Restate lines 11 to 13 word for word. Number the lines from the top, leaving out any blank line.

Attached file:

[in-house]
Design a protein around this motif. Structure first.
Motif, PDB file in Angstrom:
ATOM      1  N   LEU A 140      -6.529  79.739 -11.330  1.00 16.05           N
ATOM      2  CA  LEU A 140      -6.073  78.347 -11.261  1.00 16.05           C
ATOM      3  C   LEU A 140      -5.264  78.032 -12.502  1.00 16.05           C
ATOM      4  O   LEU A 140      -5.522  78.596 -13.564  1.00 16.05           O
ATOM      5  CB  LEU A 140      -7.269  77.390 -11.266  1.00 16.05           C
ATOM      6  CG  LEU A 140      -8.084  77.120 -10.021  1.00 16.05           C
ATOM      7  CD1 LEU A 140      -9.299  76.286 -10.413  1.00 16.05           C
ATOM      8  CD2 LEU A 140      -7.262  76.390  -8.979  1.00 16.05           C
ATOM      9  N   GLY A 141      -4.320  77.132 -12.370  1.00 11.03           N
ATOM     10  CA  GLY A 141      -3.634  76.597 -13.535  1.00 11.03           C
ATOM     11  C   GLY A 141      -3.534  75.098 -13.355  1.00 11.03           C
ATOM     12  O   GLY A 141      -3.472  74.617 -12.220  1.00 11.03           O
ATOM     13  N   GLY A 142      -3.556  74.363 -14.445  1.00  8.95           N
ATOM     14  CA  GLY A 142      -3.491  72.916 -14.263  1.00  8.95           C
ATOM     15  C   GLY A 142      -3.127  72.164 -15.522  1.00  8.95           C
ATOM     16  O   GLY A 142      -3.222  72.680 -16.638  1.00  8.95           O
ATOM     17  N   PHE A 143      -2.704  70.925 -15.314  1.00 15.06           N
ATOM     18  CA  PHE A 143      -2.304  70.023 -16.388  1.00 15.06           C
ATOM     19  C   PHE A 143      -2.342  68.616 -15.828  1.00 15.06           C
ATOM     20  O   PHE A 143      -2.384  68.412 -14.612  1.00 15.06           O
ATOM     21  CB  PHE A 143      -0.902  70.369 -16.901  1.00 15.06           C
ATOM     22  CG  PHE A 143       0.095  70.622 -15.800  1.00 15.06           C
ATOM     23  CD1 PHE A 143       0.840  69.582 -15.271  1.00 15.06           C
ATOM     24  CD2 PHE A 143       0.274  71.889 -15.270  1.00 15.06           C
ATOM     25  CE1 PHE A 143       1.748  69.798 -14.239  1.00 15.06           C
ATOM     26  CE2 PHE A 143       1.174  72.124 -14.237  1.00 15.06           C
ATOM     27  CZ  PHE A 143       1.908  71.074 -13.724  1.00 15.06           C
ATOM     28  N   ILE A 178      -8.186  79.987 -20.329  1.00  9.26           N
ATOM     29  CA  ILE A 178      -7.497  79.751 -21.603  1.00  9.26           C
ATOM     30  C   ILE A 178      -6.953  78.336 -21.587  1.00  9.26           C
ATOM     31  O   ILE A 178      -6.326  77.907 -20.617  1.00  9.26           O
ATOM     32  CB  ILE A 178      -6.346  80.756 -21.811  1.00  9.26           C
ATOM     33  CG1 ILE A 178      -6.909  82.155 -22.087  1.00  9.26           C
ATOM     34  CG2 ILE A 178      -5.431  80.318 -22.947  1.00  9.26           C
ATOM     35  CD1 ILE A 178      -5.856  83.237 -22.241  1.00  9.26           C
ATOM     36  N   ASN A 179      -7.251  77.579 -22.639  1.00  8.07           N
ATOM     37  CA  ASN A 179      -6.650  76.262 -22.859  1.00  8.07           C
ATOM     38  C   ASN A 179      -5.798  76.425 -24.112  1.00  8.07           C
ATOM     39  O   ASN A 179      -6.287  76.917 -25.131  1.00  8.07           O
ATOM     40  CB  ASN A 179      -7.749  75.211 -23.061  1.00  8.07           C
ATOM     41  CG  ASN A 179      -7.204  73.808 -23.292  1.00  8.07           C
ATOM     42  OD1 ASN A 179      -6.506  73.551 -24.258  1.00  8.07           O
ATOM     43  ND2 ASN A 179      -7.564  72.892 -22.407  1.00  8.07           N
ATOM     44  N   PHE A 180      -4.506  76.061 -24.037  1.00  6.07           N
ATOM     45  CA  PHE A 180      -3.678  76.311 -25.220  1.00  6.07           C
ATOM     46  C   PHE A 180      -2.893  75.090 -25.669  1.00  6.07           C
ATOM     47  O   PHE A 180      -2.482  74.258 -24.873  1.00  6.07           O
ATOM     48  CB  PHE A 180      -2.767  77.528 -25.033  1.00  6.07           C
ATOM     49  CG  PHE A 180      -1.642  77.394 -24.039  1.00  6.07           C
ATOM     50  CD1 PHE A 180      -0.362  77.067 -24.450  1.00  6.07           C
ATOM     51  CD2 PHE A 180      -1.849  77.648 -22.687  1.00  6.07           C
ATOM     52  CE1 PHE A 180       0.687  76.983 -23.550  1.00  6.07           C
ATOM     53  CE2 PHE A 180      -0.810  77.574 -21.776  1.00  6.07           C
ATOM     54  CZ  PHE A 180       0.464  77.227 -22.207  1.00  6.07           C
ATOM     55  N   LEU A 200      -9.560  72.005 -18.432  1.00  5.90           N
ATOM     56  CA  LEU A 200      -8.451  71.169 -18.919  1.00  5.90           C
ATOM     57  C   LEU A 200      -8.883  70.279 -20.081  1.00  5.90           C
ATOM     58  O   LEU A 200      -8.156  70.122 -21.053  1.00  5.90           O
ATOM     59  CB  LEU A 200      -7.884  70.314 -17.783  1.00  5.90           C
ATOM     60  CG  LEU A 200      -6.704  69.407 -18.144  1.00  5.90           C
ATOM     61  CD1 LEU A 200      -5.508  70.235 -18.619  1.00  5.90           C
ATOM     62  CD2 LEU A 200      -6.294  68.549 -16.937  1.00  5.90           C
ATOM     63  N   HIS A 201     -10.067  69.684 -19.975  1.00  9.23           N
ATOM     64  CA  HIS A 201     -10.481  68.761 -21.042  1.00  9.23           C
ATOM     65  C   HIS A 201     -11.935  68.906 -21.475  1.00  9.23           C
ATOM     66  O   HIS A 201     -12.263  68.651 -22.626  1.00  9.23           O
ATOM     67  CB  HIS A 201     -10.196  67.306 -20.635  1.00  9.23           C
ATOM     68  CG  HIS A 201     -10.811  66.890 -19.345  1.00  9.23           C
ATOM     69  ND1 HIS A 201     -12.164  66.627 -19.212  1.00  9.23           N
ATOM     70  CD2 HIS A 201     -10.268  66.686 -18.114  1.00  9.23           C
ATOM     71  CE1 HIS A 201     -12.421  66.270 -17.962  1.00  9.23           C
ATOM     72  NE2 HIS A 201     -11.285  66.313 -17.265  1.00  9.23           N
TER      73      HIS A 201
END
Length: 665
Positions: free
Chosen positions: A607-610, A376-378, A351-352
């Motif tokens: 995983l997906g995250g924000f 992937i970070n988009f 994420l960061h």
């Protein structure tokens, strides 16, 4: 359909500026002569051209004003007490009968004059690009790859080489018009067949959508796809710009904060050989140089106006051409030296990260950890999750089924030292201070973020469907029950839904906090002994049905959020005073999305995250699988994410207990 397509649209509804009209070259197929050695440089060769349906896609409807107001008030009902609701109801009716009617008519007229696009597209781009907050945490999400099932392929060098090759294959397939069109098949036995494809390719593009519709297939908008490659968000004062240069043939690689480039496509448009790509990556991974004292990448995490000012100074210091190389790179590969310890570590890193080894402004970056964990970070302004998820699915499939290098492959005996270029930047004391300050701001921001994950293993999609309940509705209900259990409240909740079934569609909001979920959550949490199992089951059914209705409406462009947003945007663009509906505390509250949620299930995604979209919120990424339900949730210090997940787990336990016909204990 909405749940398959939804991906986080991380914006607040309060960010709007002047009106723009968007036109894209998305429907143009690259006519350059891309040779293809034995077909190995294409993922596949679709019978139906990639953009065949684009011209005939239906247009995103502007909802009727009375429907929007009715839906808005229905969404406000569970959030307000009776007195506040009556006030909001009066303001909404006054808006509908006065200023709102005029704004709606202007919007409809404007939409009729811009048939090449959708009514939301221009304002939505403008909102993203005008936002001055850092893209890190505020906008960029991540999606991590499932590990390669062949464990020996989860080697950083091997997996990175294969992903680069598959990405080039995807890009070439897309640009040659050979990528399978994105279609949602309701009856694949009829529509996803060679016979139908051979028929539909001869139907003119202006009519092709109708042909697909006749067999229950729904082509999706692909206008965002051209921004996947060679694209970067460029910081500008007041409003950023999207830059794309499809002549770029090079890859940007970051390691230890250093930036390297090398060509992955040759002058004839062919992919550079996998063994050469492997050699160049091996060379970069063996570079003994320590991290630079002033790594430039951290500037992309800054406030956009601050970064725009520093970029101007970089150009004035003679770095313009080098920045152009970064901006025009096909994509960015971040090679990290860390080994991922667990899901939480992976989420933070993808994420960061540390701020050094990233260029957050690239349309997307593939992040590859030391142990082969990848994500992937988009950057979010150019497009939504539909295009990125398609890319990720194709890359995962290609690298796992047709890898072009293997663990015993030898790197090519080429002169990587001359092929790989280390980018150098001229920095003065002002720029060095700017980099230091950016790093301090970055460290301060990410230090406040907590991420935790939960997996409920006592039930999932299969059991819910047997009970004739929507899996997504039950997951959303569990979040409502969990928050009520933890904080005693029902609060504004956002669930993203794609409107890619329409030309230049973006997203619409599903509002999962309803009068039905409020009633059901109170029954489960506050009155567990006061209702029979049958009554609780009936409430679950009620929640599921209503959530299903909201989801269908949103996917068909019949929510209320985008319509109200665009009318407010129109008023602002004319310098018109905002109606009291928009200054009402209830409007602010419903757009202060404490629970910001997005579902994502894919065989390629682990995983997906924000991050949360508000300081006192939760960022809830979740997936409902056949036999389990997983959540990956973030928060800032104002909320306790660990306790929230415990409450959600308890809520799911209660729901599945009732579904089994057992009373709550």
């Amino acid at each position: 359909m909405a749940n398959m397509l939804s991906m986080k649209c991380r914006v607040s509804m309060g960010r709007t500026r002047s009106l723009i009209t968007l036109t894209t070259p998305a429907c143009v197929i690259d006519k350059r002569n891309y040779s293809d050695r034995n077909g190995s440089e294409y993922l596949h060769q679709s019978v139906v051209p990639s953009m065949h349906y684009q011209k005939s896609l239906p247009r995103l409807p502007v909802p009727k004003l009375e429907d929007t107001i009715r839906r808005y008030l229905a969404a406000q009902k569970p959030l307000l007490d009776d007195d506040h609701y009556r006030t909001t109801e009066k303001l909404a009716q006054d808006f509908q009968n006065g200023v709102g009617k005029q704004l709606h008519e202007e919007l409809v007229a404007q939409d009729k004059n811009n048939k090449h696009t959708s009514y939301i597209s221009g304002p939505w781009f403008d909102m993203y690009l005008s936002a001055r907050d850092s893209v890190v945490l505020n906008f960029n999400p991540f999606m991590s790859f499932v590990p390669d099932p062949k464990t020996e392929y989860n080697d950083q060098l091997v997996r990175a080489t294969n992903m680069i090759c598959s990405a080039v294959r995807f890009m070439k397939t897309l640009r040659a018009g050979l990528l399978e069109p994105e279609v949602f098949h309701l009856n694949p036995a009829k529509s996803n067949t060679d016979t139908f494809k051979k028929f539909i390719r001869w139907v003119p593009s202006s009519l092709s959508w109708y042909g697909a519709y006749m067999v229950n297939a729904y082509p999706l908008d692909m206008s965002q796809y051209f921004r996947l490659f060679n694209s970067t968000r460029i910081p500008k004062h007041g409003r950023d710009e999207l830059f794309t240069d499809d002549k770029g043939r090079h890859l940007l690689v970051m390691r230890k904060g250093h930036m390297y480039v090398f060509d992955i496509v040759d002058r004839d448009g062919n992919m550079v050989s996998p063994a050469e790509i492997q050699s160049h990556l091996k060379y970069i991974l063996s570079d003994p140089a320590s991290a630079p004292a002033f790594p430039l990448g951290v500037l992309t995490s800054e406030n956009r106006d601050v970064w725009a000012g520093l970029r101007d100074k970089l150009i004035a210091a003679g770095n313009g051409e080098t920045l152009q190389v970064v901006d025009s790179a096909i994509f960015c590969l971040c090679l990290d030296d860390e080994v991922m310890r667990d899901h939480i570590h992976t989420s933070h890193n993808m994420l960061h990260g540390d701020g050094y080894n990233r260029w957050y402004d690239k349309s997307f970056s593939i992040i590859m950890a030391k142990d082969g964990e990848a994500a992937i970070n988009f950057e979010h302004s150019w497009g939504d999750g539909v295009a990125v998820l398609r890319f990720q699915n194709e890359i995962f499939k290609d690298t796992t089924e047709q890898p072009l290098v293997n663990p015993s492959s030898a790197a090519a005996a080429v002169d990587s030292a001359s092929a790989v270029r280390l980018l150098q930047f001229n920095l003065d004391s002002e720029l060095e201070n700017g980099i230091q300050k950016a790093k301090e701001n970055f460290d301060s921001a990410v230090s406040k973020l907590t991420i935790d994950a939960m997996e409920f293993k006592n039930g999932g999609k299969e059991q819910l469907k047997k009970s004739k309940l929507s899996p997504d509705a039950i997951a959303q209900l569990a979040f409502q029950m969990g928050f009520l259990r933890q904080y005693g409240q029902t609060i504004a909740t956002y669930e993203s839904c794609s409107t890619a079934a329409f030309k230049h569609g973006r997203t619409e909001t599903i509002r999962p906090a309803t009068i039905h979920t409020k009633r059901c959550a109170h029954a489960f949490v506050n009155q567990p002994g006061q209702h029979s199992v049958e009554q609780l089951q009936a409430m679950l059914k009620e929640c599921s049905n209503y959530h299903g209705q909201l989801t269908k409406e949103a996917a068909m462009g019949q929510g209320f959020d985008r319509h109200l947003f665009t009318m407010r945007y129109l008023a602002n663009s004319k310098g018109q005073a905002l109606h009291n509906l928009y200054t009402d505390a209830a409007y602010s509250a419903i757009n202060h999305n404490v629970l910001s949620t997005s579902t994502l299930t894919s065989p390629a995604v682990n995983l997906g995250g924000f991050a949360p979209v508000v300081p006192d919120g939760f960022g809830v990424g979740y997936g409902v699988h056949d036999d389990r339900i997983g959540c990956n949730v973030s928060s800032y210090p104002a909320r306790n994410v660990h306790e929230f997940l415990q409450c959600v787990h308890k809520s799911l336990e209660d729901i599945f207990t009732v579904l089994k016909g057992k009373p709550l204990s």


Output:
ATOM      8  CD2 LEU A 140      -7.262  76.390  -8.979  1.00 16.05           C
ATOM      9  N   GLY A 141      -4.320  77.132 -12.370  1.00 11.03           N
ATOM     10  CA  GLY A 141      -3.634  76.597 -13.535  1.00 11.03           C